Men are having their testosterone levels tested more frequently nowadays, but physicians could test more consistently, American researchers report.
Low testosterone (sometimes called “low T”) has gotten more coverage – both in the general media and in medical journals – over the past few years. However, scientists weren’t sure just how many men were having their levels checked.
Produced by the testes, testosterone is a hormone responsible for male characteristics like facial hair and increased muscle mass. It also drives a man’s libido.
Some men have low levels of testosterone because their testes can’t produce enough of it. This may happen because of problems in the testes themselves. It can also occur when signals from the brain that trigger hormone production don’t reach the testes. This condition is called hypogonadism.
Only 5 – 35% of men eligible for testosterone replacement therapy actually receive it. Click here to tweet.
But men’s testosterone levels also decline as they get older. This is normal, but it can have bothersome symptoms, like fatigue, weakness, and lower sex drive.
In both cases, treatment with testosterone replacement therapy may help, along with making lifestyle changes like losing weight and quitting smoking.
In this study, researchers from the University of Chicago Medical Center and NorthShore University Health Systems looked at the electronic health records of over 300,000 men between the ages of 18 and 85. Their average age was about 55 years and the records were recorded from 2009 to 2012.
Medical societies differ in their cutoff point to diagnose low testosterone. For this study, the researchers used a measurement of 300 ng/dL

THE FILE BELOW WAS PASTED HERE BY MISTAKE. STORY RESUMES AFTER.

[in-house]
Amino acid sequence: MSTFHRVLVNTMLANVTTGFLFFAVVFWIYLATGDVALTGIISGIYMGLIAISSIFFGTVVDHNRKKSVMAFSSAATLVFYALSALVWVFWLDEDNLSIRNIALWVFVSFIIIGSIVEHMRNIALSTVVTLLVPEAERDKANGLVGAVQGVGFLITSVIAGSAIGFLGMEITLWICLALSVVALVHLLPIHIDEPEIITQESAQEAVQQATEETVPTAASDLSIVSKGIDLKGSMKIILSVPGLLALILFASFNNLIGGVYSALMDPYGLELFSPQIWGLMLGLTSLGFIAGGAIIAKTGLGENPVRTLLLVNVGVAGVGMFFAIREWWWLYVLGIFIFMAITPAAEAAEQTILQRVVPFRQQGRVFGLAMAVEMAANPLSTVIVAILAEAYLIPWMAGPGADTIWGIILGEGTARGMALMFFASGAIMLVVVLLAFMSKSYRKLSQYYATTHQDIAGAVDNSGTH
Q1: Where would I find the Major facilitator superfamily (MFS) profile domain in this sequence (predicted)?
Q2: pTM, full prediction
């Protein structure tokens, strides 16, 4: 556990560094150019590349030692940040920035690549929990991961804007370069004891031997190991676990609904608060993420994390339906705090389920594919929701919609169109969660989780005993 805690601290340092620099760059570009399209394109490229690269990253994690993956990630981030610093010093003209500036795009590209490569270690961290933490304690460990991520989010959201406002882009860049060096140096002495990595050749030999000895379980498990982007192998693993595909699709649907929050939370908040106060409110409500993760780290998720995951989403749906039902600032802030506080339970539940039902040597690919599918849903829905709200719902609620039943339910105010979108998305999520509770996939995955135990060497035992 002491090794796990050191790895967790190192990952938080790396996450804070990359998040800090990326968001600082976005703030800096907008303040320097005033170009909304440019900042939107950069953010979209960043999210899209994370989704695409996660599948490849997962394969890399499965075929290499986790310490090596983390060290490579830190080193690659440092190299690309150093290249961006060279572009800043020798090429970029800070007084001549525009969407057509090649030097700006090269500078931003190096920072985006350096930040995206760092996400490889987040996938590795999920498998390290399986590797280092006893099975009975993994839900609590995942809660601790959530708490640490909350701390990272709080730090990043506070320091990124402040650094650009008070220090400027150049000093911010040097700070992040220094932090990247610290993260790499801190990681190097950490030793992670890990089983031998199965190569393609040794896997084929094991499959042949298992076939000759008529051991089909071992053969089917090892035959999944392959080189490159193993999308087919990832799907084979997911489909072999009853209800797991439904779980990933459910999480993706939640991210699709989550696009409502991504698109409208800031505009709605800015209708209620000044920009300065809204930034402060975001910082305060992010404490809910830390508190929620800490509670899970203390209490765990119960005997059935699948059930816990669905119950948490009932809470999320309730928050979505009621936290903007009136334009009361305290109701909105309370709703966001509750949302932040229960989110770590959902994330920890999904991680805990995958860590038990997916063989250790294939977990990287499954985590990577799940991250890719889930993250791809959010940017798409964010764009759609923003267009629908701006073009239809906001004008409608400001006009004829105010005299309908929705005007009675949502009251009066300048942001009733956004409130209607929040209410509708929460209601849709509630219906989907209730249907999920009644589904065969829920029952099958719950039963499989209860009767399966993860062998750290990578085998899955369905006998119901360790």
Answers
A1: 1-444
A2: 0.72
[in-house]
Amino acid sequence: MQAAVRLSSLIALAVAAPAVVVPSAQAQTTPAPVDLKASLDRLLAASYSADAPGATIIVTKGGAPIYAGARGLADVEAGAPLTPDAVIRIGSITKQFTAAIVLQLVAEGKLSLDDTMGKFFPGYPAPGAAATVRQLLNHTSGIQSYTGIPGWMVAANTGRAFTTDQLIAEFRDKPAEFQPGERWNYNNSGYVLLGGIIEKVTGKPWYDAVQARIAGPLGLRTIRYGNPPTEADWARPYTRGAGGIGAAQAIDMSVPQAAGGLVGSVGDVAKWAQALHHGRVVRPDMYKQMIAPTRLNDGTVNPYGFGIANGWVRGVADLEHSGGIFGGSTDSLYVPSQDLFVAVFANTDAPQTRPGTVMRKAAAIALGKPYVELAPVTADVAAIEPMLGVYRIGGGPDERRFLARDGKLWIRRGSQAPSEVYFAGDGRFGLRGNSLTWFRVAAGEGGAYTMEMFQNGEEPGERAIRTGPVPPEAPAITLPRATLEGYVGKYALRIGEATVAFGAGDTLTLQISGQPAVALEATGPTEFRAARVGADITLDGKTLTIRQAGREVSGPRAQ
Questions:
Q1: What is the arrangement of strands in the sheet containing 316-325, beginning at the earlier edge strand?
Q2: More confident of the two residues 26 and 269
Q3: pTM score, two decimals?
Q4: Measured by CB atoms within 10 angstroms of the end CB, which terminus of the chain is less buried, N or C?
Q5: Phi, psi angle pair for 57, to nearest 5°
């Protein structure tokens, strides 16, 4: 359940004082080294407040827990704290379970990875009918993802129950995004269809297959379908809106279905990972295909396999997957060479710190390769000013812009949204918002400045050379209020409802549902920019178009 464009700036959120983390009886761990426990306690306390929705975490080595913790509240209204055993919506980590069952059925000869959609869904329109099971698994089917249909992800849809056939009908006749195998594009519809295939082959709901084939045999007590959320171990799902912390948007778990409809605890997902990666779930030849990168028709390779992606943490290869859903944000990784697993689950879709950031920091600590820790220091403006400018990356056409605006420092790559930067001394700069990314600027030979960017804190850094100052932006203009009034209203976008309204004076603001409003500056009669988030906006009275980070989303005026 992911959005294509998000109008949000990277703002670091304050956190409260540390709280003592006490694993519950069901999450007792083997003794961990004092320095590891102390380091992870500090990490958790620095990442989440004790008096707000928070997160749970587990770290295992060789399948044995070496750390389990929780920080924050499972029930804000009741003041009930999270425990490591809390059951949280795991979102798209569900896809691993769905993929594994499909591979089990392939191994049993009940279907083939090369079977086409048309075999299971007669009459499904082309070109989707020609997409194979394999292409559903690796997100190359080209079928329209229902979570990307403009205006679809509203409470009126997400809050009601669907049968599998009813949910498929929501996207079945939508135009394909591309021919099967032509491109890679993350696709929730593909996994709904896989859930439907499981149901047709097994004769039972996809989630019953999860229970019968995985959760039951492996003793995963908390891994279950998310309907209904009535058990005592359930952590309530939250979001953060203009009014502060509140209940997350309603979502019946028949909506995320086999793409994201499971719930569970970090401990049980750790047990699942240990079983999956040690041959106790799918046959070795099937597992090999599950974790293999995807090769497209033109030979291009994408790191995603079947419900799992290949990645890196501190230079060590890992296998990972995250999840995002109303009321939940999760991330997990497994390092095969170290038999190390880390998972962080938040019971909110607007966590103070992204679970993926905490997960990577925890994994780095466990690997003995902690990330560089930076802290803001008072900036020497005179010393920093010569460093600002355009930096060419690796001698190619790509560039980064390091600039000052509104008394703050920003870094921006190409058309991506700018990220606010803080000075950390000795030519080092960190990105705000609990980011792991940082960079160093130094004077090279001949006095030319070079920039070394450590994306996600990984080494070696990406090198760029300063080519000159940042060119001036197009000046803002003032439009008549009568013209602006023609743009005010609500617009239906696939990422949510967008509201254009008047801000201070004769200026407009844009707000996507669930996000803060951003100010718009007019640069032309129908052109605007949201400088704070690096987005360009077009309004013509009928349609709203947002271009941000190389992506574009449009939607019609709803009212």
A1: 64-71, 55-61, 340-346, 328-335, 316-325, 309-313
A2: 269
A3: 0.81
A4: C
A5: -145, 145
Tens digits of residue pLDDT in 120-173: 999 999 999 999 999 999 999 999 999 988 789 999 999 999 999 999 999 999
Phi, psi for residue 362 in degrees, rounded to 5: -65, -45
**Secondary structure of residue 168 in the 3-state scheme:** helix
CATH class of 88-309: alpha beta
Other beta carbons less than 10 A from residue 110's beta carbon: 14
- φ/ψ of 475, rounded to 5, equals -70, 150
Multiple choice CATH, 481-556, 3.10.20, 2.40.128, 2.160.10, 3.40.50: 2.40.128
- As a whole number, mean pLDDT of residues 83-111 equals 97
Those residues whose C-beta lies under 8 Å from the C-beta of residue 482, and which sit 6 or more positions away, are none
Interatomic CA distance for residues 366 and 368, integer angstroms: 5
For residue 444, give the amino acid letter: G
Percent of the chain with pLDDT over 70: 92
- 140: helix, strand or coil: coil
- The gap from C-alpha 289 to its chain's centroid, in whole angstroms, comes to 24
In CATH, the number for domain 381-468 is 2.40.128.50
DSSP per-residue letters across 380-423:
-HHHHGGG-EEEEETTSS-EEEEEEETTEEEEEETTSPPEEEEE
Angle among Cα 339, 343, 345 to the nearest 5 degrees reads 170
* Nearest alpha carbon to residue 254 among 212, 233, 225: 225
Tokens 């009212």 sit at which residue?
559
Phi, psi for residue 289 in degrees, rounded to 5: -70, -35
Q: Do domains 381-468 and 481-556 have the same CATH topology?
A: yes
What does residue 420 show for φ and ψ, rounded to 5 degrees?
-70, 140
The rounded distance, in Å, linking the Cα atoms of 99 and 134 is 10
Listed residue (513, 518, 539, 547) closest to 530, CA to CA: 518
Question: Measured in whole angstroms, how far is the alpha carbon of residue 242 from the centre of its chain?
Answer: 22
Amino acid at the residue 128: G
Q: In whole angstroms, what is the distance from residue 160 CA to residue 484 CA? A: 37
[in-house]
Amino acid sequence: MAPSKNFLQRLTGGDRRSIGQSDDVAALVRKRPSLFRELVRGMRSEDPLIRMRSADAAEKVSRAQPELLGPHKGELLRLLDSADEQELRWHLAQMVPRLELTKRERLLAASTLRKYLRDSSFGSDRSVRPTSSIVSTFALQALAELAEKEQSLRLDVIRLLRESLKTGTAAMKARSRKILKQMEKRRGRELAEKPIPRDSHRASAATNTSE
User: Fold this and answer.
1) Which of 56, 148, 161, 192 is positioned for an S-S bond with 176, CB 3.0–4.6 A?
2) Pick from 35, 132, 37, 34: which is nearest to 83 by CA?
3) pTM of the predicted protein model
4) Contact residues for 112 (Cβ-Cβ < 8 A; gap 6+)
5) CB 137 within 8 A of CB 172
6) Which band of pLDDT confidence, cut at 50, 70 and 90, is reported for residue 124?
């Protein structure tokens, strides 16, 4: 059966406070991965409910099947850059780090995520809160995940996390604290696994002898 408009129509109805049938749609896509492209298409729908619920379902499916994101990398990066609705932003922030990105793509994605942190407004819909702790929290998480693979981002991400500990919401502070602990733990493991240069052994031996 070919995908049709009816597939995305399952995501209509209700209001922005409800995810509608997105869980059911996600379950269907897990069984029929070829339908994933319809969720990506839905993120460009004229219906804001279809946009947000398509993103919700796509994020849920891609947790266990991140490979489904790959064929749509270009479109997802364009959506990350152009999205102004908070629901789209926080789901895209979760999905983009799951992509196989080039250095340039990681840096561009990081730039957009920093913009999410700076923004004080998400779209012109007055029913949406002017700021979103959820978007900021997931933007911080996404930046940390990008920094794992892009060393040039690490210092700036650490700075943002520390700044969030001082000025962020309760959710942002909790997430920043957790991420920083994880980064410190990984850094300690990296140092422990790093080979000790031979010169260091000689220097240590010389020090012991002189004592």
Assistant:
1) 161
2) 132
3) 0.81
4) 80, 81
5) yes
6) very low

Overall, 3.2% of the men had their testosterone levels checked during this time period. However, the rate of testing increased over the four years, however from 2.5% at the start of the study to 3.6% by the end.
Men were more likely to be tested if they had other conditions related to low testosterone, such as low libido, diabetes, erectile dysfunction, infertility, osteoporosis, depression, prostate cancer, high blood pressure, chronic obstructive pulmonary disease (COPD), or an enlarged prostate.
The researchers also looked at the time of day the men were tested. Men’s testosterone levels fluctuate during the day and usually peak in the morning. Typically, testing guidelines provided by professional societies recommend early morning testing for consistency. But in the group of tested men, only about 9% were tested between 7 a.m. and 12 noon.
This low rate might be explained by clinician preference and scheduling conflicts. Also, levels tend to fluctuate less in older men, so it’s possible that their doctors didn’t feel it was necessary to test in the early morning.
However, the researchers found that men who were tested later in the day were more likely to have lower levels than those tested in the morning. “It is our belief that early morning testing should still be considered” when testing men with symptoms of low testosterone, they wrote.
The researchers were also concerned about the low rate of men being tested overall. They noted that testosterone replacement therapy can benefit some men, but only 5 – 35% of men eligible for this treatment actually receive it.
“Further education of practitioners is required to appropriately test patients for hypogonadism,” they wrote.
The study was first published online in November in the Journal of Sexual Medicine.
Print this article or view it as a PDF file here: Insights on Testosterone Testing
Journal of Sexual Medicine
Malik, Rena D., MD, et al.
“Are We Testing Appropriately for Low Testosterone?: Characterization of Tested Men and Compliance with Current Guidelines”
(Full-text. First published online: November 10, 2014)